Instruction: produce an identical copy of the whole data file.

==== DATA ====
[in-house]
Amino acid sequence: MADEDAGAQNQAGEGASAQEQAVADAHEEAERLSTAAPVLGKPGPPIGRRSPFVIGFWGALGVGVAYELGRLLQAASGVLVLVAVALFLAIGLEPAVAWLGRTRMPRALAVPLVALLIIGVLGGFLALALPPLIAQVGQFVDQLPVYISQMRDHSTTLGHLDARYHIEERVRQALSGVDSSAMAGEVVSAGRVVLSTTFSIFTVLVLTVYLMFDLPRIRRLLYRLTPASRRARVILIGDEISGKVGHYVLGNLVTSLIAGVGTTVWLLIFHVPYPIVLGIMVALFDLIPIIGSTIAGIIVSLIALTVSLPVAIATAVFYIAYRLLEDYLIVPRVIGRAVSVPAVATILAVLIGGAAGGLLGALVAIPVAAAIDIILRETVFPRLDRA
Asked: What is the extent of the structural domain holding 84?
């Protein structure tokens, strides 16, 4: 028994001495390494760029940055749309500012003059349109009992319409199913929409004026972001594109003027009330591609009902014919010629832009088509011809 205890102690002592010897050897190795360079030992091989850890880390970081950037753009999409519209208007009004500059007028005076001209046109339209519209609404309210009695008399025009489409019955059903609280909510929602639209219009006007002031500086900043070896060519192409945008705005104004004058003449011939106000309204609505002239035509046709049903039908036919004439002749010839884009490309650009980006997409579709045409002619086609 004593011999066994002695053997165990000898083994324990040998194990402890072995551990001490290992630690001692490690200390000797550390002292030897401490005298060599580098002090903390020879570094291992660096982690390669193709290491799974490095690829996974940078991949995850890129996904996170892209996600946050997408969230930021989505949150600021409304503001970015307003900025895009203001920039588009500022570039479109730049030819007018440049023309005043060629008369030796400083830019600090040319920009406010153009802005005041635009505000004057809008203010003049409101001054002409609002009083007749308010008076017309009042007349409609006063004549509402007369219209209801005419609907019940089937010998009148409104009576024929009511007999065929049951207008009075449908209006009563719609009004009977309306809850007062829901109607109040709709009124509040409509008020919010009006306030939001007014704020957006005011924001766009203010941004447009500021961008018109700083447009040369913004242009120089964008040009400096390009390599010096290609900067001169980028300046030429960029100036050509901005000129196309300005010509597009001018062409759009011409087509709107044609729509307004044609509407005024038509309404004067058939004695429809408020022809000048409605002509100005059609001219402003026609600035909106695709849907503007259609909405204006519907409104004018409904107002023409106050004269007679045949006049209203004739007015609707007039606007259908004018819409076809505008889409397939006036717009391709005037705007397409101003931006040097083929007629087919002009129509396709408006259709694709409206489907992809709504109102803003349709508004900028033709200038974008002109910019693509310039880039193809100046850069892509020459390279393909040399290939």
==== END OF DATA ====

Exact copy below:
[in-house]
Amino acid sequence: MADEDAGAQNQAGEGASAQEQAVADAHEEAERLSTAAPVLGKPGPPIGRRSPFVIGFWGALGVGVAYELGRLLQAASGVLVLVAVALFLAIGLEPAVAWLGRTRMPRALAVPLVALLIIGVLGGFLALALPPLIAQVGQFVDQLPVYISQMRDHSTTLGHLDARYHIEERVRQALSGVDSSAMAGEVVSAGRVVLSTTFSIFTVLVLTVYLMFDLPRIRRLLYRLTPASRRARVILIGDEISGKVGHYVLGNLVTSLIAGVGTTVWLLIFHVPYPIVLGIMVALFDLIPIIGSTIAGIIVSLIALTVSLPVAIATAVFYIAYRLLEDYLIVPRVIGRAVSVPAVATILAVLIGGAAGGLLGALVAIPVAAAIDIILRETVFPRLDRA
Asked: What is the extent of the structural domain holding 84?
């Protein structure tokens, strides 16, 4: 028994001495390494760029940055749309500012003059349109009992319409199913929409004026972001594109003027009330591609009902014919010629832009088509011809 205890102690002592010897050897190795360079030992091989850890880390970081950037753009999409519209208007009004500059007028005076001209046109339209519209609404309210009695008399025009489409019955059903609280909510929602639209219009006007002031500086900043070896060519192409945008705005104004004058003449011939106000309204609505002239035509046709049903039908036919004439002749010839884009490309650009980006997409579709045409002619086609 004593011999066994002695053997165990000898083994324990040998194990402890072995551990001490290992630690001692490690200390000797550390002292030897401490005298060599580098002090903390020879570094291992660096982690390669193709290491799974490095690829996974940078991949995850890129996904996170892209996600946050997408969230930021989505949150600021409304503001970015307003900025895009203001920039588009500022570039479109730049030819007018440049023309005043060629008369030796400083830019600090040319920009406010153009802005005041635009505000004057809008203010003049409101001054002409609002009083007749308010008076017309009042007349409609006063004549509402007369219209209801005419609907019940089937010998009148409104009576024929009511007999065929049951207008009075449908209006009563719609009004009977309306809850007062829901109607109040709709009124509040409509008020919010009006306030939001007014704020957006005011924001766009203010941004447009500021961008018109700083447009040369913004242009120089964008040009400096390009390599010096290609900067001169980028300046030429960029100036050509901005000129196309300005010509597009001018062409759009011409087509709107044609729509307004044609509407005024038509309404004067058939004695429809408020022809000048409605002509100005059609001219402003026609600035909106695709849907503007259609909405204006519907409104004018409904107002023409106050004269007679045949006049209203004739007015609707007039606007259908004018819409076809505008889409397939006036717009391709005037705007397409101003931006040097083929007629087919002009129509396709408006259709694709409206489907992809709504109102803003349709508004900028033709200038974008002109910019693509310039880039193809100046850069892509020459390279393909040399290939």